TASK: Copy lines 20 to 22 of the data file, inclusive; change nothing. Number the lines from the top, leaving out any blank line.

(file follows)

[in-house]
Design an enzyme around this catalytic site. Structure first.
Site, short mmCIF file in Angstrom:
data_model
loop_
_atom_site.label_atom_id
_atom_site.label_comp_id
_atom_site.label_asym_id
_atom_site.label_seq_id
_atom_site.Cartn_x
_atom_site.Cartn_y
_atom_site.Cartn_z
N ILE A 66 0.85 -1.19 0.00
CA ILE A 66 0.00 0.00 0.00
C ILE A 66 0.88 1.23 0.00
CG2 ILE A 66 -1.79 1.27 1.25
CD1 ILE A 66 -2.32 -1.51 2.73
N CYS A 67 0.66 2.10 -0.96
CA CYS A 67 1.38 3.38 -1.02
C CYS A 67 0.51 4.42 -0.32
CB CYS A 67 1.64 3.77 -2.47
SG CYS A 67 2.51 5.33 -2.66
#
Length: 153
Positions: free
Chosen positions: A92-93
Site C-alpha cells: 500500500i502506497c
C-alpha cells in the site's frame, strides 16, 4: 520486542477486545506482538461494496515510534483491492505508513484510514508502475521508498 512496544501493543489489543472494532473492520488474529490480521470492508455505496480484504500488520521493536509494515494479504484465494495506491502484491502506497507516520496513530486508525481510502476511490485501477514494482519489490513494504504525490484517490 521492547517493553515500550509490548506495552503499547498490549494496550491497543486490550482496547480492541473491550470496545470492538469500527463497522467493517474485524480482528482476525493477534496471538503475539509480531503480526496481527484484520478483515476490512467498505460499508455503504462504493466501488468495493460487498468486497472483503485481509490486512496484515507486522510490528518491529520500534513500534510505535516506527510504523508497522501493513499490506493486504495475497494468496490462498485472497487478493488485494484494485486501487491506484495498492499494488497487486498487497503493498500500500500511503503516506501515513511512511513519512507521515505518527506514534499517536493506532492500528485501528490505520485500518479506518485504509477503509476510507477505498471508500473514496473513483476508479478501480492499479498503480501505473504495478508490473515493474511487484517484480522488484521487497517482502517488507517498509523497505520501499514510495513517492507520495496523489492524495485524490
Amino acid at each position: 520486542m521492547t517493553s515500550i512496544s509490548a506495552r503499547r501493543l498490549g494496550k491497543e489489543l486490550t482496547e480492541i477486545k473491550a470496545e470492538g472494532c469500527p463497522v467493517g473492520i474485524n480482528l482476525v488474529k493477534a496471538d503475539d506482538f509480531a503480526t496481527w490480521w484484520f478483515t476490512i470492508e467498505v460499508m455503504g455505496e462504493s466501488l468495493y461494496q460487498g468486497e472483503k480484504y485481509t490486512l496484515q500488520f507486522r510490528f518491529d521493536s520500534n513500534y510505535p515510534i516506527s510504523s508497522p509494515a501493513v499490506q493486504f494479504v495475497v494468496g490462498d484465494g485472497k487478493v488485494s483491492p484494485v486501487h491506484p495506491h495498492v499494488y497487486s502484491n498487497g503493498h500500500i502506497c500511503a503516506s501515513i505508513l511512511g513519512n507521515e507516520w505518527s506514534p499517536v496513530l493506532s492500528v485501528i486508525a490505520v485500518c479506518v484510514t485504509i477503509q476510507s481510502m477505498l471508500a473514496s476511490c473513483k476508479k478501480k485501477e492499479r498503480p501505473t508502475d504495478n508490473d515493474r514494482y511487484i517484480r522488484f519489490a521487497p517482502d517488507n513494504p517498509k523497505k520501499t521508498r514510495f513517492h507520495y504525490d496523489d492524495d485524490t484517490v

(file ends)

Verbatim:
C CYS A 67 0.51 4.42 -0.32
CB CYS A 67 1.64 3.77 -2.47
SG CYS A 67 2.51 5.33 -2.66